The collections of art and artifacts at Dartmouth can be traced back to the College's founding in 1769. At the school's second commencement in 1772, Dr. John Phillips gave the young institution 175 pounds with which to acquire a "philosophical apparatus" (a standard set of scientific equipment). That same year, Reverend David McClure, a tutor at Dartmouth, wrote to President Eleazar Wheelock that he had acquired "a few curious Elephants Bones" for the school. In 1773 the College received its first fine art piece: a silver monteith from John Wentworth, royal governor of New Hampshire and a Dartmouth trustee.
While these three objects seem an eclectic beginning for what is now known as a museum of art and material culture, we must think back to the concept of a museum in the the eighteenth century (which has a surprising resonance with the Hood today). During that time, such collections were generally referred to as cabinets of curiosities, which could consist of anything from fossils to antiques to ethnographic artifacts. Furthermore, Dartmouth's traditional role as a college in rural New England inspired a commitment to providing students with examples of the "natural and moral world" beyond their immediate surroundings, giving birth to a collection of objects capable of teaching lessons about science, nature, and cultural history.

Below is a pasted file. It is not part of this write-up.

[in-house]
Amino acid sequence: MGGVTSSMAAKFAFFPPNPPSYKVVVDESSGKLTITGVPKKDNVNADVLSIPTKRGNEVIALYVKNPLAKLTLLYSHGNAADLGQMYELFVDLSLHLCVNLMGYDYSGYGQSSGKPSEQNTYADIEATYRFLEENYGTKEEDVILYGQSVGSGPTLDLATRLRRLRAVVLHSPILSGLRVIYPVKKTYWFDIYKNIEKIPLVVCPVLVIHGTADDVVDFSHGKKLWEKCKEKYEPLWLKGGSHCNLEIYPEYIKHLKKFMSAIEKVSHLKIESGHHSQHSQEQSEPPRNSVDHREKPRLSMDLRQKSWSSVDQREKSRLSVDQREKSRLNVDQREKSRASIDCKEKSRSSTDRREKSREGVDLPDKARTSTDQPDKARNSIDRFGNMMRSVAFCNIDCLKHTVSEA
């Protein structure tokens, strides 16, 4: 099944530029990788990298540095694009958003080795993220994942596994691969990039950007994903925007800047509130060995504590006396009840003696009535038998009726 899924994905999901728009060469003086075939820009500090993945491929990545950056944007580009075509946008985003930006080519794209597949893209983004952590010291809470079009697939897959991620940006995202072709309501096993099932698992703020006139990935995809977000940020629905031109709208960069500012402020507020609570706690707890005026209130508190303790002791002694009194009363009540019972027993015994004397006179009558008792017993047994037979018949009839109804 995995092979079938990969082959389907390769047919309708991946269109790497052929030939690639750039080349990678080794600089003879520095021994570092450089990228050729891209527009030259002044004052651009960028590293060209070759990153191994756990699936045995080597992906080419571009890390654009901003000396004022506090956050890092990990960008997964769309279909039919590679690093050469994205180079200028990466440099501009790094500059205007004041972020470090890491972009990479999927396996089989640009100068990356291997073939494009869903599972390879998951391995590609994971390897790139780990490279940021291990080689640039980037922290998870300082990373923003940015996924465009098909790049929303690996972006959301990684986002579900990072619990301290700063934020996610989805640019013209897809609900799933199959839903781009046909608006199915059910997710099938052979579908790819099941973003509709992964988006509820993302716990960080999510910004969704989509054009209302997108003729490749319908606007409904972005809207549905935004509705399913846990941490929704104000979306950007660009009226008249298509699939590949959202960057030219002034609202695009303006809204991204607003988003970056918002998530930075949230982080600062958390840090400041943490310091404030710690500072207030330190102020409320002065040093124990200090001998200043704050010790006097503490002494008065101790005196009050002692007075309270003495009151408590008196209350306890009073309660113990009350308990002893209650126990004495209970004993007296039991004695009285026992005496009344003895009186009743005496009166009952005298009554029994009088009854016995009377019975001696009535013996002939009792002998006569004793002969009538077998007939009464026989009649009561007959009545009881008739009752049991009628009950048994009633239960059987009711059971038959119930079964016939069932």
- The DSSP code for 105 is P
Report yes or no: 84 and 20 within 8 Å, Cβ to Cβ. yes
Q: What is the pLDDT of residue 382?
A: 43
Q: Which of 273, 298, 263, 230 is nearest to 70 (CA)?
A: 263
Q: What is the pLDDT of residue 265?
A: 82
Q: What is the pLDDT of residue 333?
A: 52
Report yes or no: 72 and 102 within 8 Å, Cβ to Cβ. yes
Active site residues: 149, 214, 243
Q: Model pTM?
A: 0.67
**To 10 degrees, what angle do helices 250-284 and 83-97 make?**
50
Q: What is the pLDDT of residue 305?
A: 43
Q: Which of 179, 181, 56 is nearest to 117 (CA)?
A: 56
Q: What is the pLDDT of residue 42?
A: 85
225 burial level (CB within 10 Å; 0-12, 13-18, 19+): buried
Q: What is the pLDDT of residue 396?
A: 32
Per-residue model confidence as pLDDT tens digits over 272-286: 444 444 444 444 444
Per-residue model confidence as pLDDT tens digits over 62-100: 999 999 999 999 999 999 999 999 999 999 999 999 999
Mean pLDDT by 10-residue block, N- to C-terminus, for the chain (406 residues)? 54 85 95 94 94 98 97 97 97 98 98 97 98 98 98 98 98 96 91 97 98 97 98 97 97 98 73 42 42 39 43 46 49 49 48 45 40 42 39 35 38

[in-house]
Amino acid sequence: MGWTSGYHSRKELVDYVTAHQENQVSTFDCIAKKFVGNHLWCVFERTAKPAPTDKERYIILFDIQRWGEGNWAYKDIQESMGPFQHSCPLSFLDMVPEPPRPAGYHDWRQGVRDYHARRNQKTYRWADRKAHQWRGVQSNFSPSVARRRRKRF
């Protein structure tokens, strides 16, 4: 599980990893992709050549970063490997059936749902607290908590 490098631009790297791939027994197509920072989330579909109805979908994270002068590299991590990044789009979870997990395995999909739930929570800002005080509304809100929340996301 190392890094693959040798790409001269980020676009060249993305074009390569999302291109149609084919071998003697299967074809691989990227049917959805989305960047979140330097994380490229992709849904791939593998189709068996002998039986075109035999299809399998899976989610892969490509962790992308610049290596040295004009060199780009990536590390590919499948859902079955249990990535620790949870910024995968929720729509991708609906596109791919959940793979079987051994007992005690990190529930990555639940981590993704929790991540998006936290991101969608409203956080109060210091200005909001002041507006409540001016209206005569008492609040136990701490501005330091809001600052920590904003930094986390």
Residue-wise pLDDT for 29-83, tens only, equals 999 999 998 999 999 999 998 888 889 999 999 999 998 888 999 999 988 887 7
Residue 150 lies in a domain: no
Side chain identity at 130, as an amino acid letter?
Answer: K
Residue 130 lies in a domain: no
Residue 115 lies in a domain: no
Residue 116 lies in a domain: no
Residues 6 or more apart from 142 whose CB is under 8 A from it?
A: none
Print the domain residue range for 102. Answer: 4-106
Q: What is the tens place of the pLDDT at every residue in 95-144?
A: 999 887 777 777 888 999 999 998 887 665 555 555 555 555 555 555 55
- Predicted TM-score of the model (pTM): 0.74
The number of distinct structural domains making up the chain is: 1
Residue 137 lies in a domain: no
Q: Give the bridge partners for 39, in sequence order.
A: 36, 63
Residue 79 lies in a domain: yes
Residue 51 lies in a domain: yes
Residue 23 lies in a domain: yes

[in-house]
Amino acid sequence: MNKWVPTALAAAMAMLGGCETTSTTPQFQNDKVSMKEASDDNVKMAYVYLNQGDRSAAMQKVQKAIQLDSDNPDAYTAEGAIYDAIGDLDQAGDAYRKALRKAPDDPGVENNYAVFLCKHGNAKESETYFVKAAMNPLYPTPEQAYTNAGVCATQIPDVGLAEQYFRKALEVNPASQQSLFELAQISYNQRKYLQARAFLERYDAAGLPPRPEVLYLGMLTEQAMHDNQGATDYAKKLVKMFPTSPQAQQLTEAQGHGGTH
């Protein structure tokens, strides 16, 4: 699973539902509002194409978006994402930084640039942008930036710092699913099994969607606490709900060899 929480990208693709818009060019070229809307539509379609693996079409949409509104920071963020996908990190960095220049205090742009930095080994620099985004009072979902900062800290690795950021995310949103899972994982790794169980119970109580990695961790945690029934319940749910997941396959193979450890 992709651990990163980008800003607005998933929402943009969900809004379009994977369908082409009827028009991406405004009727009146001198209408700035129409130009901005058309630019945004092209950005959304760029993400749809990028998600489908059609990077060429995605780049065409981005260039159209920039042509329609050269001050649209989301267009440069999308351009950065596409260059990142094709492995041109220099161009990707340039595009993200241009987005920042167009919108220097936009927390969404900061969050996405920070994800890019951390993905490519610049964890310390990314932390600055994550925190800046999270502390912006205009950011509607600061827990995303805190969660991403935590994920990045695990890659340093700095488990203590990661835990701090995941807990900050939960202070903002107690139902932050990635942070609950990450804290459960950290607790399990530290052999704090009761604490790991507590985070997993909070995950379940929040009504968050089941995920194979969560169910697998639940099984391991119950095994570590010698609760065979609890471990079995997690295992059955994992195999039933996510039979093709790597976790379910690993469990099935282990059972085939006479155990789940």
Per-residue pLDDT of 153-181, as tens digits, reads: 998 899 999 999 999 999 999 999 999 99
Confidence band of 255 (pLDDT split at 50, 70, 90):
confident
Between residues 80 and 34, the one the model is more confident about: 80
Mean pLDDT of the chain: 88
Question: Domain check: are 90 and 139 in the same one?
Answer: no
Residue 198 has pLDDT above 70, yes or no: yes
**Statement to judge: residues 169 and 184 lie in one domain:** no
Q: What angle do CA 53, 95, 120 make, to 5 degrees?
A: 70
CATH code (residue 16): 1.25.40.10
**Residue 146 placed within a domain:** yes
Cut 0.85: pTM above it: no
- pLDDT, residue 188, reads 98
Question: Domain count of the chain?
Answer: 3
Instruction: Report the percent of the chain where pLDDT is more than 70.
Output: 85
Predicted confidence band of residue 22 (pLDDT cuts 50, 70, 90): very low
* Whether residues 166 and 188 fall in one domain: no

Read more from Hood Quarterly, Autumn 2008
Image courtesy of the Rauner Special Collections Library